It’s Bonus Book Review Saturday, and today I’ll be bringing you a book that combines Greek culture and mythology with time travel…
Necklace of the Goddess Athena
Phevos and his sister Daphne are time travelers from ancient Greece. Unaware of the reason their father has sent them to modern-day Athens, they settle down in this new world with the assistance of two orphaned siblings. Soon, the four youngsters stumble upon vital information that can help them find their missing parents.
When they discover a secret cave in the Acropolis foothills, a precious finding causes them to become involved in a conflict between two Gods, one of which becomes their protector and the other, their worst nemesis. Who will prevail when the rival Gods meet again and will the mortal bystanders survive to tell the tale?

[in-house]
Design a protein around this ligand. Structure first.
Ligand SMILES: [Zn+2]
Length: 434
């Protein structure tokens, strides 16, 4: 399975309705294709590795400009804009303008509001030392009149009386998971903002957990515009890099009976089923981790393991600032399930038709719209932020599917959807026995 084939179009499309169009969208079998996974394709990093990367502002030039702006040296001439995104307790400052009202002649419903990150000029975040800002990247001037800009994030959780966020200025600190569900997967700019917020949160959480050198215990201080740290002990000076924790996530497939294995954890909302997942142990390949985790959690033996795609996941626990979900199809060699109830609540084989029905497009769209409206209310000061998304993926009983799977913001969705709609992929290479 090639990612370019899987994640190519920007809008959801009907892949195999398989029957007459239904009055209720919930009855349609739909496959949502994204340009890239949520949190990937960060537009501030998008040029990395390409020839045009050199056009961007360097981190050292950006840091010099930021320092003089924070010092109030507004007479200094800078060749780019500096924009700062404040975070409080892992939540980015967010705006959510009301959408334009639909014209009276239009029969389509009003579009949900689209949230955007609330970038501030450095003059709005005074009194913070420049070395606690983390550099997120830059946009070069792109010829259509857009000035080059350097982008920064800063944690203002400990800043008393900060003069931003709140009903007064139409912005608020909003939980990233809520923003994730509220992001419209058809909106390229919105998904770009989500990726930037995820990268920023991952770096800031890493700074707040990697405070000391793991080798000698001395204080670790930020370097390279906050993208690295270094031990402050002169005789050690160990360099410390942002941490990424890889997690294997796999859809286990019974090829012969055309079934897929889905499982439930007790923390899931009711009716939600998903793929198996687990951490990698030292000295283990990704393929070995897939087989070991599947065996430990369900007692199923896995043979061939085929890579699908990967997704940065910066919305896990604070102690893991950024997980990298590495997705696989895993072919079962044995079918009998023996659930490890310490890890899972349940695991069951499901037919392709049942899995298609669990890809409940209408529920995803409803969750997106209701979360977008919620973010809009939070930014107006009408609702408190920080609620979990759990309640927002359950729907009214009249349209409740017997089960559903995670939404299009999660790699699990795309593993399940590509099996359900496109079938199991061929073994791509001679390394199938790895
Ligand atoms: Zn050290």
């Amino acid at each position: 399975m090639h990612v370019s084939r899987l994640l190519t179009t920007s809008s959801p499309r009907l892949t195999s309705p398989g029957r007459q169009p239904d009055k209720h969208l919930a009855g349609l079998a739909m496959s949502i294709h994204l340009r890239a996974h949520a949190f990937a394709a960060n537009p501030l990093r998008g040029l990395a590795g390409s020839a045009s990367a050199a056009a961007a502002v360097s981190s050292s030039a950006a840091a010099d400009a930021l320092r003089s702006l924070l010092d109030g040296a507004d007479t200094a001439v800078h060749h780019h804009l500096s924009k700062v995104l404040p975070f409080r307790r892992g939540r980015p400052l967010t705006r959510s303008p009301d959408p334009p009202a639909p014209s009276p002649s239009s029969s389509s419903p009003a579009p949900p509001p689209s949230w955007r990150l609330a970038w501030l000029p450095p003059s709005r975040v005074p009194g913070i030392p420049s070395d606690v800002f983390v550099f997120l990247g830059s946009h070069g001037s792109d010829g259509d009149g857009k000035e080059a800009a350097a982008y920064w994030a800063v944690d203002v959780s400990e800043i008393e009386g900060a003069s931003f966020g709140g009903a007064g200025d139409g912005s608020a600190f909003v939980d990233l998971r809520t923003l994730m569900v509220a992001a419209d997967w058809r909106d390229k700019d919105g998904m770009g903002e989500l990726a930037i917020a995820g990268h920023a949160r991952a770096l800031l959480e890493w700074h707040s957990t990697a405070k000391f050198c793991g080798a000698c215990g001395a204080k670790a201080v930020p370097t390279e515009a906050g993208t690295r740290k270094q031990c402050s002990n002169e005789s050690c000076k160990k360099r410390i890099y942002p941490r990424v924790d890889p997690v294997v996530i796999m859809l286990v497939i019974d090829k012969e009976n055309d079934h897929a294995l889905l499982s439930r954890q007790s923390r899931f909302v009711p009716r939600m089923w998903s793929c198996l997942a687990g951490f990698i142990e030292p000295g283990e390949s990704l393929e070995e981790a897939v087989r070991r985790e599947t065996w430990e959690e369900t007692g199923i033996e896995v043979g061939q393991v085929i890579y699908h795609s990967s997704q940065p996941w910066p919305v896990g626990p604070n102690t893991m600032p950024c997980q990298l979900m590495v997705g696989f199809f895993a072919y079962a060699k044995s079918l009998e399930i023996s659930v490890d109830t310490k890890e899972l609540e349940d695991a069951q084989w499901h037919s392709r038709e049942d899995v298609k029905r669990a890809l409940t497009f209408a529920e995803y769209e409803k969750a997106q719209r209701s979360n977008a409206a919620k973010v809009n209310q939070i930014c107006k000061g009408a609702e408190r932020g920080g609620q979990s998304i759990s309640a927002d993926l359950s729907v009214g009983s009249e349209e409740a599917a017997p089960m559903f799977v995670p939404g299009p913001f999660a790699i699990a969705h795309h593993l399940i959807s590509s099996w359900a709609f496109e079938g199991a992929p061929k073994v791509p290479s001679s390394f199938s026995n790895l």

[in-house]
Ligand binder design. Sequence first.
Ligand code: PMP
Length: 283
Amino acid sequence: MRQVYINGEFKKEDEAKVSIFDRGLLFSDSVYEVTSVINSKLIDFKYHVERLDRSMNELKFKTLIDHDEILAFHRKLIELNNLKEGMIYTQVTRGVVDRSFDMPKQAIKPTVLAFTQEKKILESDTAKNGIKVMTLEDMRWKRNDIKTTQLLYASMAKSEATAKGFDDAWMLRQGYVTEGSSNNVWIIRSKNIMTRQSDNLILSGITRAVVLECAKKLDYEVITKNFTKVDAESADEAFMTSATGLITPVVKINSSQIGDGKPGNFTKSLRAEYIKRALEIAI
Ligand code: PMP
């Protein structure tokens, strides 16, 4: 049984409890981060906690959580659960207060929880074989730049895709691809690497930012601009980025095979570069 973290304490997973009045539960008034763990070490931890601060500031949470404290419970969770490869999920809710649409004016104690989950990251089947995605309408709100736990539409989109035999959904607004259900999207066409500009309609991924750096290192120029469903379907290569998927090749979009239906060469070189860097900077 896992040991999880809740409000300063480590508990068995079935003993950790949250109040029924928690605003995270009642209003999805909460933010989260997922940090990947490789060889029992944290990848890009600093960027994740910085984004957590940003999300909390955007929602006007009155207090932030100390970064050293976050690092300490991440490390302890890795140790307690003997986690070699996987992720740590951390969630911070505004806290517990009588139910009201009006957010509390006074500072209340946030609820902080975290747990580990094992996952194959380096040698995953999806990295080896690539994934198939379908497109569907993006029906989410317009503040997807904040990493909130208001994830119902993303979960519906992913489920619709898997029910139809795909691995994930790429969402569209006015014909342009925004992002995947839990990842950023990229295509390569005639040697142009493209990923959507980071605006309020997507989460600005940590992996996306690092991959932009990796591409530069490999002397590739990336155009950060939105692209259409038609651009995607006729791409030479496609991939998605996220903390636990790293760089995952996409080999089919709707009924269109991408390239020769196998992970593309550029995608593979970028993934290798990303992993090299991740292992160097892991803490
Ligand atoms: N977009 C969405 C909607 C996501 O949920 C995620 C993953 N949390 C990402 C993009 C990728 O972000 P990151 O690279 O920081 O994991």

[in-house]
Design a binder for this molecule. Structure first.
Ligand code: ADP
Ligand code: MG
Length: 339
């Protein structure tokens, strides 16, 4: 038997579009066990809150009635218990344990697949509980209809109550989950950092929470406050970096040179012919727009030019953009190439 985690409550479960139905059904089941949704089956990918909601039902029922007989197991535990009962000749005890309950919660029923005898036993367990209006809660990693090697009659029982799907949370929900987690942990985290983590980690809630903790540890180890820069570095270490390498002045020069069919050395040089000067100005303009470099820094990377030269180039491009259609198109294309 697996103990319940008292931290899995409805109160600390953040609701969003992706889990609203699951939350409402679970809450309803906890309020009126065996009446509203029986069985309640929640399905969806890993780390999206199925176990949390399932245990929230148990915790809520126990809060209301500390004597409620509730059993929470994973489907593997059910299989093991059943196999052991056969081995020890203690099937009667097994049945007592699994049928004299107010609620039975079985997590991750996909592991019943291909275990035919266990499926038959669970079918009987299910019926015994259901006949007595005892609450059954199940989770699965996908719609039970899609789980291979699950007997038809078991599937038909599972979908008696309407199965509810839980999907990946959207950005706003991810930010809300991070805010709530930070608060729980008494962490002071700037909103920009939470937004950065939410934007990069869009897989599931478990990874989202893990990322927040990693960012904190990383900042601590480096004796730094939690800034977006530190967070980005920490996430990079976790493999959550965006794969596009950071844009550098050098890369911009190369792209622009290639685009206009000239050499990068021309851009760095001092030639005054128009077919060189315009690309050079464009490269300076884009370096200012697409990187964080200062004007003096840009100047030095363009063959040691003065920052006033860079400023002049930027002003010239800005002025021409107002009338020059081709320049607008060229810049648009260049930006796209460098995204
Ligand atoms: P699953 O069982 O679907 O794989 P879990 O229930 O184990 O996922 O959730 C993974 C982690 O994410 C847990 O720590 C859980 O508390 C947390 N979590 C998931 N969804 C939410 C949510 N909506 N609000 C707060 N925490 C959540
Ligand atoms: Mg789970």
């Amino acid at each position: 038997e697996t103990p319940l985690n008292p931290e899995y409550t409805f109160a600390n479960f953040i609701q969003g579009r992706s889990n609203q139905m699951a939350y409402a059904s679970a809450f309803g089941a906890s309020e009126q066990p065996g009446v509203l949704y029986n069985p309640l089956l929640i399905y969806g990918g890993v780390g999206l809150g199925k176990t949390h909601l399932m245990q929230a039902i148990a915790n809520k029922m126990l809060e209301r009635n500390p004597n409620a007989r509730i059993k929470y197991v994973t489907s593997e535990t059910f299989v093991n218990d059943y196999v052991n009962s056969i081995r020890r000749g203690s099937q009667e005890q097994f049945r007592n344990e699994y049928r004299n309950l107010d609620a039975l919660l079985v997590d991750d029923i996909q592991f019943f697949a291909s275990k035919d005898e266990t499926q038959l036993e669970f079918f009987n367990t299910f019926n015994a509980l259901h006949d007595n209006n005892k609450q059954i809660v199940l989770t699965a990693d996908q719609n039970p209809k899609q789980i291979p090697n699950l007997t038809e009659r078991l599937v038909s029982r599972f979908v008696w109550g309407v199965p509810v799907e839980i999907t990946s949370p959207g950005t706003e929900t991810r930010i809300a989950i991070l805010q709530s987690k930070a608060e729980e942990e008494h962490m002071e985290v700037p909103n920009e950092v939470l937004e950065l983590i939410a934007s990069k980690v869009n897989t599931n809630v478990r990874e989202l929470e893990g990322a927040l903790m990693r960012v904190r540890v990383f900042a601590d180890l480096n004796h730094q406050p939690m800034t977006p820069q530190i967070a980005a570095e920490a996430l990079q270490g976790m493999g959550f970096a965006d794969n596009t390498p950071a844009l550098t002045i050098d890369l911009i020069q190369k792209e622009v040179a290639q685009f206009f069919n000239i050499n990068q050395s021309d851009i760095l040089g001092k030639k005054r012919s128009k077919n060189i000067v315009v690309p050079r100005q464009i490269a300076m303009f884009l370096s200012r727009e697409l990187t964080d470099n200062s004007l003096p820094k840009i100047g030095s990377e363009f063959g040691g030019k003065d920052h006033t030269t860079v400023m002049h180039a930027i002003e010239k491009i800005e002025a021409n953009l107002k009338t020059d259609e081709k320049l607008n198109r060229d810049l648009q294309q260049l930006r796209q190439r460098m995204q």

My Review: 2 Stars
I wish I had more good things to say about this book, but sadly I found myself disappointed.
First off, it’s over 600 pages long, and the story moved so slowly that I lost interest every second page. I feel like the author could have told the story with 50% of the words used–overwriting was a big problem with this book. To me, it seemed like the author forced an emotional turmoil to try to help us connect with the characters, but it felt forced and contrived.
To me, it seemed like English was the author’s second language. The construction of sentences and expressions were off–not incorrect, just abnormal, as if they were accustomed to thinking in another language and used that construction in their writing.
There was A LOT of purple prose, which I can’t stand. For example: “Ksenia…” he whispered and then the velvet of his lips came to seal hers with a silent vow of love in a tender kiss that was the first one for both of them. — Definitely not my favorite!
The book is written primarily in passive, there are a lot of run-on sentences, the grammar is a bit iffy, there’s missing punctuation and punctuation in the wrong places, adverbs like “funnily enough” are all over the place, and there is a lot of word repetitions. The overuse of adjectives and adverbs takes me out of the story.